The Art of Dying: SBNR vs. Secular Nonreligious

Fuller is quick to note that SBNR individuals differ from the secular nonreligious on two main points—a distinction originally articulated by the psychologist William James. First, the SBNR remain convinced that the world is embedded in a spiritual universe. And second, they hold that the purpose of life is to find harmony with this spiritual realm. The secular nonreligious, by contrast, conceive of a strictly material universe devoid of a spiritual realm.

Many religious people, however, remain skeptical of the SBNR position. They maintain that only a carefully articulated religion—“ a particular system of faith and worship” as the Oxford English Dictionary defines it—can fully aspire to satisfy a person’s deepest existential struggles.

One such critic is Lillian Daniel, author of the book When “Spiritual but Not Religious” Is Not Enough. Daniel describes the SBNR worldview as a product of secular American consumer culture, far removed from community. Daniel’s approach is tongue-in-cheek and likely off-putting to those who derive meaning from being SBNR. But the essence of her concern is that people who favor SBNR can believe what they want and practice when they want without having to commit to established creeds or traditions. They prefer, in essence, a choose-your-own-god adventure.

SBNR and Religious Communities

Since SBNR is not enough for Daniel, she proposes an antidote: commitment to a religious community. Hardly surprising  coming from a church minister. However, she goes on to admit that there are many embarrassing reasons she would rather not be associated with the Christian church. Some of its members, as with society at large, are frankly ignorant and cruel. Religious communities might be more attractive if their members could toss out the rotten apples.

Yet she argues that a religious community is not simply a sanctimonious country club—a collection of like-minded people handpicked by an inner circle. It is more like a family whose members are, as Daniel says, “stuck with one another.” The curious fact about family is that its members are forced to interact in too close a proximity to mask their idiosyncrasies and shortcomings. “When you are stuck with one another,” Daniel says, “the last thing you would do is invent a God based on humanity. . . . In community, humanity is just way too close to look good.”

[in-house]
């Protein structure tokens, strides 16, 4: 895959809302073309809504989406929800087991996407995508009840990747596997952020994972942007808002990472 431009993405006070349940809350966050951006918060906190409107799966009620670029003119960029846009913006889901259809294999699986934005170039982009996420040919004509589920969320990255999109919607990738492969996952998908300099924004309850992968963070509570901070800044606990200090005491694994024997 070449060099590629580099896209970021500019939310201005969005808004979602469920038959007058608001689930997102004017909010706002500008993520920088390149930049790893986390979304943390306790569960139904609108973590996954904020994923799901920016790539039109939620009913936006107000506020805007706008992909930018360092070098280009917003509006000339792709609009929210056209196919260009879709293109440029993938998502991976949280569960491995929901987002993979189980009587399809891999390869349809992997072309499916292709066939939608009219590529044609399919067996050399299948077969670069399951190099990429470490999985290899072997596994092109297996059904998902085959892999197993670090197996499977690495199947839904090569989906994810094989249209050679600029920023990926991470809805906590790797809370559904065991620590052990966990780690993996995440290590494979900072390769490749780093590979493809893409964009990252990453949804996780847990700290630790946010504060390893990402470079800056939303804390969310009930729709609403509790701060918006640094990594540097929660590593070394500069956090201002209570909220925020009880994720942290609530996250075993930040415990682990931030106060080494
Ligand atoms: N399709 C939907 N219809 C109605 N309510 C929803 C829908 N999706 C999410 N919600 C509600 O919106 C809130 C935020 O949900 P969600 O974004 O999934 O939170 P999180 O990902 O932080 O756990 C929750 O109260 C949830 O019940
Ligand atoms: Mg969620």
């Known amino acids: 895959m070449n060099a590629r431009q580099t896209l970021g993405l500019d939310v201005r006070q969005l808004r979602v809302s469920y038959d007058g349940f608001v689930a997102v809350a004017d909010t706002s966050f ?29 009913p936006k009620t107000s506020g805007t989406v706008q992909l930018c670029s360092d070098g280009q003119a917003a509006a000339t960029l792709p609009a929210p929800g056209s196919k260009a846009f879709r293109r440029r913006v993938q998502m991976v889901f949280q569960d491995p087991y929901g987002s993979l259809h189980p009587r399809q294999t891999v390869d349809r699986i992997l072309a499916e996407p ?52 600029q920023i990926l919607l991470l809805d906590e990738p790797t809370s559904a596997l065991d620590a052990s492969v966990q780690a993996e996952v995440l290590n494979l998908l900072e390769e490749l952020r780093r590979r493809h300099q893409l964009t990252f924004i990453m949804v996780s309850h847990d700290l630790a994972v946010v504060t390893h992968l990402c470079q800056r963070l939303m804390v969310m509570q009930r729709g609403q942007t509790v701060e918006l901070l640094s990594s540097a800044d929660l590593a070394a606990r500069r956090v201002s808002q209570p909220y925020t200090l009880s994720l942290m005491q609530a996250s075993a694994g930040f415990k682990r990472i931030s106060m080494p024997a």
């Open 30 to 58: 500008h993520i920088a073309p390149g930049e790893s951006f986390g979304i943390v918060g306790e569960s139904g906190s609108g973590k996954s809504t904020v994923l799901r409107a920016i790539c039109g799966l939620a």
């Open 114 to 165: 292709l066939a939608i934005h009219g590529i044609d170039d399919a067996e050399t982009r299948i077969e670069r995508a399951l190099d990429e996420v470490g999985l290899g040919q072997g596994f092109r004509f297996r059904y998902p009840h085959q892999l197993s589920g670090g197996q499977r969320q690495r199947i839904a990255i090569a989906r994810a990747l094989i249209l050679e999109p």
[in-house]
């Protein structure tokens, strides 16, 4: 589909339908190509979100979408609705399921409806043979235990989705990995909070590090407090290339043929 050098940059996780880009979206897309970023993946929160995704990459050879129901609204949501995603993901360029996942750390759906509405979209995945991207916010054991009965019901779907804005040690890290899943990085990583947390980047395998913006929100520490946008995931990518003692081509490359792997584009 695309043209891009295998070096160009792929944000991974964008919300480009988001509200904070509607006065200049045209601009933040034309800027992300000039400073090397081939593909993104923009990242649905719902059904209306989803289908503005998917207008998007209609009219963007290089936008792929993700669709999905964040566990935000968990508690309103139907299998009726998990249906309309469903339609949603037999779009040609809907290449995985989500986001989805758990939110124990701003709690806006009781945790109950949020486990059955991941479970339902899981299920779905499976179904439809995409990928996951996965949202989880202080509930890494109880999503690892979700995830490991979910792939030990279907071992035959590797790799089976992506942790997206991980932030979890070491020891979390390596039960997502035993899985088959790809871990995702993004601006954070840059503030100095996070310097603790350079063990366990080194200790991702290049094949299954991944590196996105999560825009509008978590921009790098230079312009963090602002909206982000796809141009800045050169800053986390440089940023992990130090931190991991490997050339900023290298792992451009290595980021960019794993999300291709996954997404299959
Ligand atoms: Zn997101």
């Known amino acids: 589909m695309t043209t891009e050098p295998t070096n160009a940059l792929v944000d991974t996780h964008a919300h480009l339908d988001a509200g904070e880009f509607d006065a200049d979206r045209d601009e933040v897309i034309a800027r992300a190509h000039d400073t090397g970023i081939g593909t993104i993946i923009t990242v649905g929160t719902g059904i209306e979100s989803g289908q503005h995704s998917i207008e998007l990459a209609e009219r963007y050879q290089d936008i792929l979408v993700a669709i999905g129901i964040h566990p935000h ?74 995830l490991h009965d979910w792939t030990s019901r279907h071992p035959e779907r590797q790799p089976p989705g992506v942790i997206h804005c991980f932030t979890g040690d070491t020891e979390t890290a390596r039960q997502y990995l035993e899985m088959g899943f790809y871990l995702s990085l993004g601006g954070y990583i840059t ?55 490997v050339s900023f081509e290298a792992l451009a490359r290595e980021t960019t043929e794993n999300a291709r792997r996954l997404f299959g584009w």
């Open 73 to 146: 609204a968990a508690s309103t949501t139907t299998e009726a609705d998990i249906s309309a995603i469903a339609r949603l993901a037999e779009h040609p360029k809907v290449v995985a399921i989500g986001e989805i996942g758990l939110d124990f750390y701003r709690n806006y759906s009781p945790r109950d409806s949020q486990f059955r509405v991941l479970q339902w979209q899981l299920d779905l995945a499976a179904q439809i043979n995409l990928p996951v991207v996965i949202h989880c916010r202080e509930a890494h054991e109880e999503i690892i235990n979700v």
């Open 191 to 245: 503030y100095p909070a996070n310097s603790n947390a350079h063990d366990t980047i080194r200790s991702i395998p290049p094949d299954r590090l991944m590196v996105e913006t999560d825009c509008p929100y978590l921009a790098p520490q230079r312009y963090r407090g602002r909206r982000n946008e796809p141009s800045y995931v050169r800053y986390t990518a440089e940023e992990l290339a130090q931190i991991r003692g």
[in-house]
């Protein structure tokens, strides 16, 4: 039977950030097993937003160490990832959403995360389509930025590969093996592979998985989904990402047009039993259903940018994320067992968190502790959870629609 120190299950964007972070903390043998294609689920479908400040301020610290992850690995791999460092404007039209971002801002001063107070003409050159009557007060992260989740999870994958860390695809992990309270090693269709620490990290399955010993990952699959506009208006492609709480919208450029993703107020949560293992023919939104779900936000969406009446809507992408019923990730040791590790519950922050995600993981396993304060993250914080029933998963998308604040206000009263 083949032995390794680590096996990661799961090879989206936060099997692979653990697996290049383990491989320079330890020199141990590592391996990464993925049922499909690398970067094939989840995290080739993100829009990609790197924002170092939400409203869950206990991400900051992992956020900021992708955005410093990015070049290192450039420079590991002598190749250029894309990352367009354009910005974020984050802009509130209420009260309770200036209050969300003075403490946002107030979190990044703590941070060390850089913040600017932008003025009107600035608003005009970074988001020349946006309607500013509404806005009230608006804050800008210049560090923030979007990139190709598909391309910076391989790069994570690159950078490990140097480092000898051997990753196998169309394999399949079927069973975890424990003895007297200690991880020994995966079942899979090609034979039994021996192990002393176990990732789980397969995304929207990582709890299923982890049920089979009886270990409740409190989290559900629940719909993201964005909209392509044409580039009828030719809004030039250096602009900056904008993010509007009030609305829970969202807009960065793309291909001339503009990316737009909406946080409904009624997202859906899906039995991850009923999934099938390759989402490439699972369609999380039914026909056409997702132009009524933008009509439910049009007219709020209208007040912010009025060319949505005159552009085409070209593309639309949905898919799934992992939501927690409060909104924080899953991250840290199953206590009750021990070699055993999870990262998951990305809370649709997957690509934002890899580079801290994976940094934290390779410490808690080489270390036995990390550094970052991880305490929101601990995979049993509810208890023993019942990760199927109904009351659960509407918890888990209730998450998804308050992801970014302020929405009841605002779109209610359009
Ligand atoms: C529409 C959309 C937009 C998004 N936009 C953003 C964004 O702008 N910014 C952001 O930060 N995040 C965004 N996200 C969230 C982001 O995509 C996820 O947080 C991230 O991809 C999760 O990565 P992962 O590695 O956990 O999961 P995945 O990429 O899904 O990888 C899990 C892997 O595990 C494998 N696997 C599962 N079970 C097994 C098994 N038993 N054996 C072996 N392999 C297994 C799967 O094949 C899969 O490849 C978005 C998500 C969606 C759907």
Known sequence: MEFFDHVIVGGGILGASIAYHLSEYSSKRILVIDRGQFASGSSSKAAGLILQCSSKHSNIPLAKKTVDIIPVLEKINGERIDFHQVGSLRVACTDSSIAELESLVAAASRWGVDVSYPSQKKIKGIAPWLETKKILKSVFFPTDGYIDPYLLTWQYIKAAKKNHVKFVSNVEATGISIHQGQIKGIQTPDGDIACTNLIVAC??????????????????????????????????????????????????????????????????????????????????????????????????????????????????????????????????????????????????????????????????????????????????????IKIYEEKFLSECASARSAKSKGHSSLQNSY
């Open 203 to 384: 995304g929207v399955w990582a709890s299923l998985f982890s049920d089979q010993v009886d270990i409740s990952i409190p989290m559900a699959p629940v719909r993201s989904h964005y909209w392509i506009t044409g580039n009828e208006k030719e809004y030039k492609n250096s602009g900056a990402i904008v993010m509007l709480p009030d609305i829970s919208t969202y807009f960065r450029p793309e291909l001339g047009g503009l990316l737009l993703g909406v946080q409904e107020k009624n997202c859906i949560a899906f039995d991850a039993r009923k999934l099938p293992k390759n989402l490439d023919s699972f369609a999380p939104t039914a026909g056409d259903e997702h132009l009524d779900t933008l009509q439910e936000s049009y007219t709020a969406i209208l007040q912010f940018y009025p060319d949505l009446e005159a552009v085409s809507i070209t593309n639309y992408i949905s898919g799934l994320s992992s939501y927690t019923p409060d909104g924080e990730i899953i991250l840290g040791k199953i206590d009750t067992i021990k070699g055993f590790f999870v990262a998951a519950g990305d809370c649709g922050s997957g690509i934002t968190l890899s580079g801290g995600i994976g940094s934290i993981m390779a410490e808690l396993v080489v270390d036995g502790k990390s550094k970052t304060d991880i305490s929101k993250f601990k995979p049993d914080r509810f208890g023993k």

It seems odd that in the 21st century people would voluntarily commit to a group they cannot choose for the sake of some other good. It seems odd that people like Daniel would prescribe such a commitment as an antidote to an individual’s personally crafted spirituality. But the fact of the matter is that people have been choosing to belong to religious communities for most of human existence.

Why do people do this? Why do they insist on committing to communities of otherwise disparate persons united primarily by a particular system of faith and worship? Daniel's answer, which is likely the answer for most religious people, is that there are aspects of their particular systems of faith and worship that completely transform them as individuals and as communities. And for many, that transformation links directly to questions of meaning and purpose in life and death—and after death.


Excerpted from The Lost Art of Dying by L.S. Dugdale MD, and reprinted with permission from HarperOne, an imprint of HarperCollins Publishers. Copyright 2020.

Read more from Lydia Dugdale on the lost art of dying.


Lydia Dugdale MD, MAR, is Dorothy L. and Daniel H. Silberberg Associate Professor of Medicine and director of the Center for Clinical Medical Ethics at Columbia University. Prior to her 2019 move to Columbia, she was associate director of the program for Biomedical Ethics and founding co-director of the Program for Medicine, Spirituality, and Religion at Yale School of Medicine. She is an internal medicine primary care doctor and medical ethicist. Her first book, Dying in the Twenty-First Century (MIT Press, 2015), provides the theoretical grounding for her new book, The Lost Art of Dying (July 2020), in which you can further explore hopeful perspectives on death and dying—and living with intention—via the lost Medieval practice of ars moriendi. Dugdale lives with her husband and daughters in New York City.